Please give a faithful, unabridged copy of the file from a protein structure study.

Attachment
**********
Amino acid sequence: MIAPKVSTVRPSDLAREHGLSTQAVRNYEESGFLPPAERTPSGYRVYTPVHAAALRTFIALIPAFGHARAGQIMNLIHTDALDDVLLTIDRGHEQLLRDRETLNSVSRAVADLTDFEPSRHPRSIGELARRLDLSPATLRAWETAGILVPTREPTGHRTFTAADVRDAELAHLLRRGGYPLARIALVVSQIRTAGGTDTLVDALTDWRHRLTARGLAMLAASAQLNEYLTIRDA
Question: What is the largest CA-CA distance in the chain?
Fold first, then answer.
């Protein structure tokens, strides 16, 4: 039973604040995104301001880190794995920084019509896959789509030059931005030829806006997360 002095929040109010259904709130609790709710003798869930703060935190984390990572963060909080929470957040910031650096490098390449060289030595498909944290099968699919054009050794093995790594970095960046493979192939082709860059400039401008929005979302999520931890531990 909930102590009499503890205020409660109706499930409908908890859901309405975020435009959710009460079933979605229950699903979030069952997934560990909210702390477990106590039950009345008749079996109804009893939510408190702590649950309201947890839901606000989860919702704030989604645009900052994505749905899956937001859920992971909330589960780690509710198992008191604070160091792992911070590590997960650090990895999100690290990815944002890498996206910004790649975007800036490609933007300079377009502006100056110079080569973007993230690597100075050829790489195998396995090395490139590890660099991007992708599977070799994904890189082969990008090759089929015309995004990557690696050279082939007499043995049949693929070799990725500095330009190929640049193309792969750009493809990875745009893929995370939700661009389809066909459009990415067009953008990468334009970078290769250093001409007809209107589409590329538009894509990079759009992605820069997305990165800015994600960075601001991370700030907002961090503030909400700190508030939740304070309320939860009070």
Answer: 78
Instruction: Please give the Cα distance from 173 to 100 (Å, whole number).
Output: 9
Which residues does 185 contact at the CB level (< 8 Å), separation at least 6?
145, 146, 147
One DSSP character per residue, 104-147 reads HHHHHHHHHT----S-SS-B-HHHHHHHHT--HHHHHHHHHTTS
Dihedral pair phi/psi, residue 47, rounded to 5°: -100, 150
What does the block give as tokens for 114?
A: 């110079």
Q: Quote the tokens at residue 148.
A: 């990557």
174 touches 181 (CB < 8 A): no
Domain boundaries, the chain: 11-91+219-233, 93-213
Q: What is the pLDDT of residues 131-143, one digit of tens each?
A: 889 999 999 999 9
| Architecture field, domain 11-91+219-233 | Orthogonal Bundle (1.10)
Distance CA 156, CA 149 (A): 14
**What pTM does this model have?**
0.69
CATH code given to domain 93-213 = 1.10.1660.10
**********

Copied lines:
Amino acid sequence: MIAPKVSTVRPSDLAREHGLSTQAVRNYEESGFLPPAERTPSGYRVYTPVHAAALRTFIALIPAFGHARAGQIMNLIHTDALDDVLLTIDRGHEQLLRDRETLNSVSRAVADLTDFEPSRHPRSIGELARRLDLSPATLRAWETAGILVPTREPTGHRTFTAADVRDAELAHLLRRGGYPLARIALVVSQIRTAGGTDTLVDALTDWRHRLTARGLAMLAASAQLNEYLTIRDA
Question: What is the largest CA-CA distance in the chain?
Fold first, then answer.
């Protein structure tokens, strides 16, 4: 039973604040995104301001880190794995920084019509896959789509030059931005030829806006997360 002095929040109010259904709130609790709710003798869930703060935190984390990572963060909080929470957040910031650096490098390449060289030595498909944290099968699919054009050794093995790594970095960046493979192939082709860059400039401008929005979302999520931890531990 909930102590009499503890205020409660109706499930409908908890859901309405975020435009959710009460079933979605229950699903979030069952997934560990909210702390477990106590039950009345008749079996109804009893939510408190702590649950309201947890839901606000989860919702704030989604645009900052994505749905899956937001859920992971909330589960780690509710198992008191604070160091792992911070590590997960650090990895999100690290990815944002890498996206910004790649975007800036490609933007300079377009502006100056110079080569973007993230690597100075050829790489195998396995090395490139590890660099991007992708599977070799994904890189082969990008090759089929015309995004990557690696050279082939007499043995049949693929070799990725500095330009190929640049193309792969750009493809990875745009893929995370939700661009389809066909459009990415067009953008990468334009970078290769250093001409007809209107589409590329538009894509990079759009992605820069997305990165800015994600960075601001991370700030907002961090503030909400700190508030939740304070309320939860009070």
Answer: 78
Instruction: Please give the Cα distance from 173 to 100 (Å, whole number).
Output: 9
Which residues does 185 contact at the CB level (< 8 Å), separation at least 6?
145, 146, 147
One DSSP character per residue, 104-147 reads HHHHHHHHHT----S-SS-B-HHHHHHHHT--HHHHHHHHHTTS
Dihedral pair phi/psi, residue 47, rounded to 5°: -100, 150
What does the block give as tokens for 114?
A: 């110079």
Q: Quote the tokens at residue 148.
A: 């990557």
174 touches 181 (CB < 8 A): no
Domain boundaries, the chain: 11-91+219-233, 93-213
Q: What is the pLDDT of residues 131-143, one digit of tens each?
A: 889 999 999 999 9
| Architecture field, domain 11-91+219-233 | Orthogonal Bundle (1.10)
Distance CA 156, CA 149 (A): 14
**What pTM does this model have?**
0.69
CATH code given to domain 93-213 = 1.10.1660.10